Say no more – isn’t that what most wine drinkers are looking for? The issue for the Canberra District is now about communicating this message. Spencer continues: “the key to success will be to focus on communicating our unique terroir and also the unique individual sites within our region”.

Personally, I think that is putting the cart a little ahead of the horse. To me, the issue is to communicate that the Canberra District produces wine – as well as political hot air – and quality wine at that.

For although the word Canberra may have negative connotations for some, at least the name is widely known, unlike several other regions (Pemberton in Western Australia springs to mind). It’s a good start. A few tweaks of Brand Canberra are all that stands in their way. Explanations of local terroir and microclimate can follow as general awareness grows.

Wines of the Canberra District – Coming of Age will go some way to assist, although the book is quite academic in style and may not appeal to the general public, especially at first glance. University House and the Wine Symposium are obviously important to the authors (the publication of this edition was timed for their 7th Symposium) but perhaps are unlikely to drive the average reader beyond the introduction, where they are featured on pages 2 and 3.

However, things warm up with the history and the ‘rebirth of the Canberra District in the 1970s’ (and 80s) in Chapter 3, with tables and winemaker profiles that read like a who’s who of cool climate viticulture, including the venerable Dr Edgar Riek OAM, Ken Helm AM, Dr John Kirk and his son Tim, and more. By the end of Chapter 5 you will have no doubt that the making of quality wine is serious business in the Canberra District.

Chapter 6 on ‘Climate, Soils and Viticultural Practices in the Canberra District’ explains how and why, and for any keen wine drinker interested in these aspects and in comparisons to other wine-making regions around the world, it’s enlightening stuff. Wine makers will love it. Again, it reads like an academic paper (nothing wrong with that, it’s just not very consumer-friendly) but amongst it are gems like:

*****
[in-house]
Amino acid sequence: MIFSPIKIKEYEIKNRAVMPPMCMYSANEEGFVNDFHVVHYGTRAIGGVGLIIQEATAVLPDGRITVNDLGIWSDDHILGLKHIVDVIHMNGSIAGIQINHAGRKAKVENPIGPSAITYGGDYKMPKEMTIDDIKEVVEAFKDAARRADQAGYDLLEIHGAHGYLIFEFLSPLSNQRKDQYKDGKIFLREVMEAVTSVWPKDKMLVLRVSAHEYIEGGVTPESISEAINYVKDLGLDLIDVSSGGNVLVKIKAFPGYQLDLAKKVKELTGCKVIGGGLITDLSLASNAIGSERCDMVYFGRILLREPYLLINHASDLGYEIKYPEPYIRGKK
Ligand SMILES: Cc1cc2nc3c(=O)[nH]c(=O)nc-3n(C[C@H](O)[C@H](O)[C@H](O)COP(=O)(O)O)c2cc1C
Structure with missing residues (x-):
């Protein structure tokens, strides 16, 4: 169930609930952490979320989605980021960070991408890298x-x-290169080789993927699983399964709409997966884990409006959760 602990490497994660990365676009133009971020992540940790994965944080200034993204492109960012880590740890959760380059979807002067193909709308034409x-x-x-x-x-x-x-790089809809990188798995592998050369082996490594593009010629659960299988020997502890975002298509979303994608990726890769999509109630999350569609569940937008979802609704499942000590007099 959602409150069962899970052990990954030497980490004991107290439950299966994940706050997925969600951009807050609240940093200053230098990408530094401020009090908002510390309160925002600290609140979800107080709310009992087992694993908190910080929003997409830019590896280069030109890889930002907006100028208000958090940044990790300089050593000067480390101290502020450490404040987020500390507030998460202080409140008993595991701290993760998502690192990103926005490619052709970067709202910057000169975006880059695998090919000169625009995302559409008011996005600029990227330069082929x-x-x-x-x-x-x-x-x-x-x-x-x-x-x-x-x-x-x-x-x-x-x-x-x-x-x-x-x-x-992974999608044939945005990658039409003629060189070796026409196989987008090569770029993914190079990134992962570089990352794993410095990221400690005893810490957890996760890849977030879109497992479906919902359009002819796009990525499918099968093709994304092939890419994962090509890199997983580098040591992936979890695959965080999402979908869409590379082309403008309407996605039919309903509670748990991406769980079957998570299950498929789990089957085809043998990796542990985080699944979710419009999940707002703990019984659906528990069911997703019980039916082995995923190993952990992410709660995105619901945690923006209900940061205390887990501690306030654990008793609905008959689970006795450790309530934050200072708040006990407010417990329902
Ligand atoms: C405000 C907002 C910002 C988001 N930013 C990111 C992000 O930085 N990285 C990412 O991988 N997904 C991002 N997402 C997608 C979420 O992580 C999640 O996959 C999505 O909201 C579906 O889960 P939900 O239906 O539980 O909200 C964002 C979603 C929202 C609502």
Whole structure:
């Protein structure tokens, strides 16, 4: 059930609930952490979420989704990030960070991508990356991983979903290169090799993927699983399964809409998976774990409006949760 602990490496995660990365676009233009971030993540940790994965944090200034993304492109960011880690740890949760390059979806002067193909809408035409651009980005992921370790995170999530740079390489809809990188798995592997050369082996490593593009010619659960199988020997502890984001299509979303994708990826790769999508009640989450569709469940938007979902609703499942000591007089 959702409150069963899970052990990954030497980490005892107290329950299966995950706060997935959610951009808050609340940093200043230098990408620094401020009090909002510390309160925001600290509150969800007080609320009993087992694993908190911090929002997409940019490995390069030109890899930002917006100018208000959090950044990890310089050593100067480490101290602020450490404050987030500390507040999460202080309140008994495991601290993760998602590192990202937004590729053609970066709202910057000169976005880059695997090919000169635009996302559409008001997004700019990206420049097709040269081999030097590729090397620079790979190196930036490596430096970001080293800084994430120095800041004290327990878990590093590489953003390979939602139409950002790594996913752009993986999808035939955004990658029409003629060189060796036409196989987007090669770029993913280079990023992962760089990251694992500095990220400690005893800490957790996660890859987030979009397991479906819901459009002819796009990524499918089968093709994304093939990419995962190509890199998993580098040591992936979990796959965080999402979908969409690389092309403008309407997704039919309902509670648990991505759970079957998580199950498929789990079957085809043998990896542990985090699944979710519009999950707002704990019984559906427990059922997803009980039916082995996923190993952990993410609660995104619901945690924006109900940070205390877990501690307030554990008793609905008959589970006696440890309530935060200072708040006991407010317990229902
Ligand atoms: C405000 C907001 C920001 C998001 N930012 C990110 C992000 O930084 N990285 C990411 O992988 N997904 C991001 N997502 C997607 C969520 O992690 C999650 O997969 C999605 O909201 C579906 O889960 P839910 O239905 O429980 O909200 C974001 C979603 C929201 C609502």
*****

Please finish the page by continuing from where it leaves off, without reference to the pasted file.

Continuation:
• The Canberra Districts’ grape season can be classified as ‘mild’, and is comparable to Bordeaux and the north Rhone Valley in France, and Coonawarra in South Australia
  • Nearly half the vintages are comparable with the Medoc and Sauternes (Bordeaux) regions
  • A third of vintages are more like Hermitage (Rhône)
  • Just under a quarter are cooler, like Champagne, Chablis and Graves in France.
  • Key to success is the long, stable autumn weather, providing generally ideal conditions for ripening and harvesting

Much of the Canberra District’s improvements in the past four decades have been based on careful site selection (avoiding frost-prone sites, or grafting of later budding varieties onto vines already established in frosty pockets), and drip irrigation to enable the vines to survive and proper through the long, dry summers.

Despite being more than 200 km inland, ‘the District’ often benefits from late afternoon sea breezes in summer, which help keep temperatures to an optimum for grapes. Too hot and the sugar levels will increase too quickly, with flavours lagging behind.

Wine growers and makers will find the next section on clones, ground covers, pruning techniques, forecast impacts of climate change on vine growth, etc, very interesting, although again for the general reader, this content could have been better positioned towards the rear of the book.

Chapter 7 covers Award-Winning Wines and an analysis of wine quality. There are summary tables of medals won, and key highlights by variety of trophies and medals. There must be quite a few groaning trophy cabinets in the Canberra District, including that of Clonakilla for their shiraz-viognier blend, deservedly described by the authors as an iconic Australian wine (Langton’s classification rates it as Exceptional).